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New post-AP Computer Science class available


Students have the option to take a post-Advanced Placement (AP) Computer Science class next school year to develop project management skills in computer science, according to computer science teacher Chris Kuszmaul.

In the class, students will establish a computer science project to work on (most likely an extension of their work in AP Computer Science), assemble a team from other computer science classes and lead the team in completing the project.

Students from the post-AP Computer Science class will be project managers and figure out the scope of the project and create a schedule of tasks.

“This [class] is an experiment,” Kuszmaul said. “[Principal Phil] Winston has strongly encouraged the teachers to try new things and to innovate, and this certainly is [something new].”

Students interested in the class must sign up for Teaching Seminar and Practicum and will receive Career Technical Education elective credit. Since this course is officially part of Teaching Seminar and Practicum, Denise Shaw will be the official teacher and Kuszmaul will be a cooperating teacher.

Once enrolled, students have the autonomy to choose their own project and the only restrictions are that the project is legal, school appropriate and in the appropriate programming language for the class.

“The project they’re going to be engaged in is going to span a year, but there is not a deadline per se for completion,” Kuszmaul said. “My goal is that the students will continue the project once the course is over.”
Kuzmaul will assess students’ progress by requiring them to deliver regular reports. The deadlines will be set by the project managers with some input from Kuzmaul.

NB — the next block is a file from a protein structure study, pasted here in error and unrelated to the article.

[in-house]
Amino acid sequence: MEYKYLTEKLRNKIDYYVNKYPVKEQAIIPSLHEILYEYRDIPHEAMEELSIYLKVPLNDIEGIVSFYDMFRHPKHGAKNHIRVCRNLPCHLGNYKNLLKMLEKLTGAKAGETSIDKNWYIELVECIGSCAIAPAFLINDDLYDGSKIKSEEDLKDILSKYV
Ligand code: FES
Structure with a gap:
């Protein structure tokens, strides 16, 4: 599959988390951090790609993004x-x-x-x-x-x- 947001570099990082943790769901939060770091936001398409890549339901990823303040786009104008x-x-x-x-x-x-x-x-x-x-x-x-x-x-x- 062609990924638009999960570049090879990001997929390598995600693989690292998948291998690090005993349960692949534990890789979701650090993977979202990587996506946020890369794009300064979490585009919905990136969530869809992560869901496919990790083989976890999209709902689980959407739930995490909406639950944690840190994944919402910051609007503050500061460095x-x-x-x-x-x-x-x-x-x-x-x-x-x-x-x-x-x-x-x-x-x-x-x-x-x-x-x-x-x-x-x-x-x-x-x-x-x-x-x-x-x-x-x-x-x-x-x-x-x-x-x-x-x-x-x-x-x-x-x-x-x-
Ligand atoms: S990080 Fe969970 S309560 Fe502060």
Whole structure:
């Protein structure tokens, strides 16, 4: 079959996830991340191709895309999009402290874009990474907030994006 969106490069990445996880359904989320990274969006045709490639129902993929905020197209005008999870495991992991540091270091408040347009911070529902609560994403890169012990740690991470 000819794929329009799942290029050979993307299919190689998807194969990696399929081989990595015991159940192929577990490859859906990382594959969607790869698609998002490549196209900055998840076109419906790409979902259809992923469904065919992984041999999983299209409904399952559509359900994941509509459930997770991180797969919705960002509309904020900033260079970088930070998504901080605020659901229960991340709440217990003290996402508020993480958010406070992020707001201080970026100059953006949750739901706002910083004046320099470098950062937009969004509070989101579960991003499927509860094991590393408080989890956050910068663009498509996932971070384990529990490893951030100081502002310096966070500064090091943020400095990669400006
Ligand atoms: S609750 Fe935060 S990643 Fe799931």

“Our goal here fundamentally is to have students learn things, and that’s what I’ll be assessing,” Kuszmaul said. “By having students issue regular reports in a variety of forms, I will be able to determine how well they’re doing. Generally speaking, if people are working hard, they’ll get a good grade in the class.”

According to Kuszmaul, ideally, each project manager will have three or four people in a team and all students from other computer science classes would participate in one of the teams. However, the likelihood of this goal will depend on the number of project managers in the class.

Kuszmaul previously implemented a similar course called Computer Science Project Management at The Bay School in San Francisco, where past students have worked on a variety of projects ranging from detecting the number of cell phones in a room to creating a set of linear system solver packages.

“[This class] is different from other classes in that there isn’t a set curriculum,” Kuszmaul said. “There is a set of behaviors to learn, and they have to be repeated to be honed.”

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